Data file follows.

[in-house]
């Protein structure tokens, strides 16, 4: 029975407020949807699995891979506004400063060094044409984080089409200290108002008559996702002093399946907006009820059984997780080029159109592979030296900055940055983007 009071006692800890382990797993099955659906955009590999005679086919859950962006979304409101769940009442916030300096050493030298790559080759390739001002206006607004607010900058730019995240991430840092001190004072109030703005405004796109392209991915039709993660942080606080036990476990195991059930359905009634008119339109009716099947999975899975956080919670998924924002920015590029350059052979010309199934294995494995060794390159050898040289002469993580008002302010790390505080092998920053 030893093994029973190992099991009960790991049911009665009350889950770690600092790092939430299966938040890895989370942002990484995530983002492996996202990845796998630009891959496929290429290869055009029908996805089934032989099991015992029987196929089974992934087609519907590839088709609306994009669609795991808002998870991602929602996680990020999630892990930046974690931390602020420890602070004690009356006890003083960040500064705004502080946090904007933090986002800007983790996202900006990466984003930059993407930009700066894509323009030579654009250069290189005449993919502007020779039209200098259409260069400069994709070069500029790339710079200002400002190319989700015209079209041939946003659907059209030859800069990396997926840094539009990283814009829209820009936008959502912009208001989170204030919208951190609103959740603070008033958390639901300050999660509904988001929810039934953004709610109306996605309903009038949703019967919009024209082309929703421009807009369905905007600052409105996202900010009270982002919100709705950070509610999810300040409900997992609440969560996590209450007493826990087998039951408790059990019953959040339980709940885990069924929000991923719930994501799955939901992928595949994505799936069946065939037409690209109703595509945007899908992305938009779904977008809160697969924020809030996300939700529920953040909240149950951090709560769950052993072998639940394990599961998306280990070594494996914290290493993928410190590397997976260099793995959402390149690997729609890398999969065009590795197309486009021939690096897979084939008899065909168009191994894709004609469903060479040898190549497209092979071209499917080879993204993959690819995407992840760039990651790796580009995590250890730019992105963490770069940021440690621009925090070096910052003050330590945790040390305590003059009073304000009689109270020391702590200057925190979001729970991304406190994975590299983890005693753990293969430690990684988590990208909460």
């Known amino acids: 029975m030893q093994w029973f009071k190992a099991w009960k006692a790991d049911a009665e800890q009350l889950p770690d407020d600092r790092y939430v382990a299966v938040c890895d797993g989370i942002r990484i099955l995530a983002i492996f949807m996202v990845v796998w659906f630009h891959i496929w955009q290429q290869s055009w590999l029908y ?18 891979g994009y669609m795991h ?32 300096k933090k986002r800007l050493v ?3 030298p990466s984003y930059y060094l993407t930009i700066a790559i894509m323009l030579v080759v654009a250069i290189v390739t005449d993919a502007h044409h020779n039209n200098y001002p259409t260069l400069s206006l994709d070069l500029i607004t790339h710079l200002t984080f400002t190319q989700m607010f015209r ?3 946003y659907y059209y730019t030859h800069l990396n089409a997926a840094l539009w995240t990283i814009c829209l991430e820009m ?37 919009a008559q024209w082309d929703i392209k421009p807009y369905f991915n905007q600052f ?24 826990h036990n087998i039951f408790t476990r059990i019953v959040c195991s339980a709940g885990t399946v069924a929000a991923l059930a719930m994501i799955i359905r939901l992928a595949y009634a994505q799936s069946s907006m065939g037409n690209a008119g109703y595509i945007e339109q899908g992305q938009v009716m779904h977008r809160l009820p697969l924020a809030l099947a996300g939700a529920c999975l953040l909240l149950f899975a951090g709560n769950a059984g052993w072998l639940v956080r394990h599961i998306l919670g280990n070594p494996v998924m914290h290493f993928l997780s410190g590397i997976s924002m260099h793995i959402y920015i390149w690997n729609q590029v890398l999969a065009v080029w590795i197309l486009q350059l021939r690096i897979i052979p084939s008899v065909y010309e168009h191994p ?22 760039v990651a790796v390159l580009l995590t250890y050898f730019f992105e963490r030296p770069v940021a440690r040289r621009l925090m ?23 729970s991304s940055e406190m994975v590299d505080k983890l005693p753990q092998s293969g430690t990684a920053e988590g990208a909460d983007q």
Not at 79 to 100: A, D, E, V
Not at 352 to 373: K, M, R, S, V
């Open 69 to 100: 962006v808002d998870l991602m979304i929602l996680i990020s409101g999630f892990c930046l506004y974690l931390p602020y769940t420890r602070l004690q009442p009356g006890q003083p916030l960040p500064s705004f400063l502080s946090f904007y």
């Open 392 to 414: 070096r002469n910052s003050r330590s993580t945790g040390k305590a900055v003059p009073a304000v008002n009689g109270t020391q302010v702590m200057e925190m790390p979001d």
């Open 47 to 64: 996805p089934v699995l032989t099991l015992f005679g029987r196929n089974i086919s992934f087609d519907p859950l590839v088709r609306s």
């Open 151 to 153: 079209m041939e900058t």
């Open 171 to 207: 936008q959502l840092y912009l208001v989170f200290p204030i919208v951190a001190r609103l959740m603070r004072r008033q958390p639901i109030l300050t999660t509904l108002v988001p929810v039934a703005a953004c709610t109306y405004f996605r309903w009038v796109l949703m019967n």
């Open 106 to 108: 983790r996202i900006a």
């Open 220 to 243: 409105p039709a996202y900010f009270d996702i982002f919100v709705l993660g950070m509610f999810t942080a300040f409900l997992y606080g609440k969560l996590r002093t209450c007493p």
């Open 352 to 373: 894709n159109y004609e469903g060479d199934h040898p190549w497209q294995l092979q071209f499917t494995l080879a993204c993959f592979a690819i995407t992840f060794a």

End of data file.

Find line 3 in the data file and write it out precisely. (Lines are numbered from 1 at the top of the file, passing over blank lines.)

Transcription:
């Known amino acids: 029975m030893q093994w029973f009071k190992a099991w009960k006692a790991d049911a009665e800890q009350l889950p770690d407020d600092r790092y939430v382990a299966v938040c890895d797993g989370i942002r990484i099955l995530a983002i492996f949807m996202v990845v796998w659906f630009h891959i496929w955009q290429q290869s055009w590999l029908y ?18 891979g994009y669609m795991h ?32 300096k933090k986002r800007l050493v ?3 030298p990466s984003y930059y060094l993407t930009i700066a790559i894509m323009l030579v080759v654009a250069i290189v390739t005449d993919a502007h044409h020779n039209n200098y001002p259409t260069l400069s206006l994709d070069l500029i607004t790339h710079l200002t984080f400002t190319q989700m607010f015209r ?3 946003y659907y059209y730019t030859h800069l990396n089409a997926a840094l539009w995240t990283i814009c829209l991430e820009m ?37 919009a008559q024209w082309d929703i392209k421009p807009y369905f991915n905007q600052f ?24 826990h036990n087998i039951f408790t476990r059990i019953v959040c195991s339980a709940g885990t399946v069924a929000a991923l059930a719930m994501i799955i359905r939901l992928a595949y009634a994505q799936s069946s907006m065939g037409n690209a008119g109703y595509i945007e339109q899908g992305q938009v009716m779904h977008r809160l009820p697969l924020a809030l099947a996300g939700a529920c999975l953040l909240l149950f899975a951090g709560n769950a059984g052993w072998l639940v956080r394990h599961i998306l919670g280990n070594p494996v998924m914290h290493f993928l997780s410190g590397i997976s924002m260099h793995i959402y920015i390149w690997n729609q590029v890398l999969a065009v080029w590795i197309l486009q350059l021939r690096i897979i052979p084939s008899v065909y010309e168009h191994p ?22 760039v990651a790796v390159l580009l995590t250890y050898f730019f992105e963490r030296p770069v940021a440690r040289r621009l925090m ?23 729970s991304s940055e406190m994975v590299d505080k983890l005693p753990q092998s293969g430690t990684a920053e988590g990208a909460d983007q």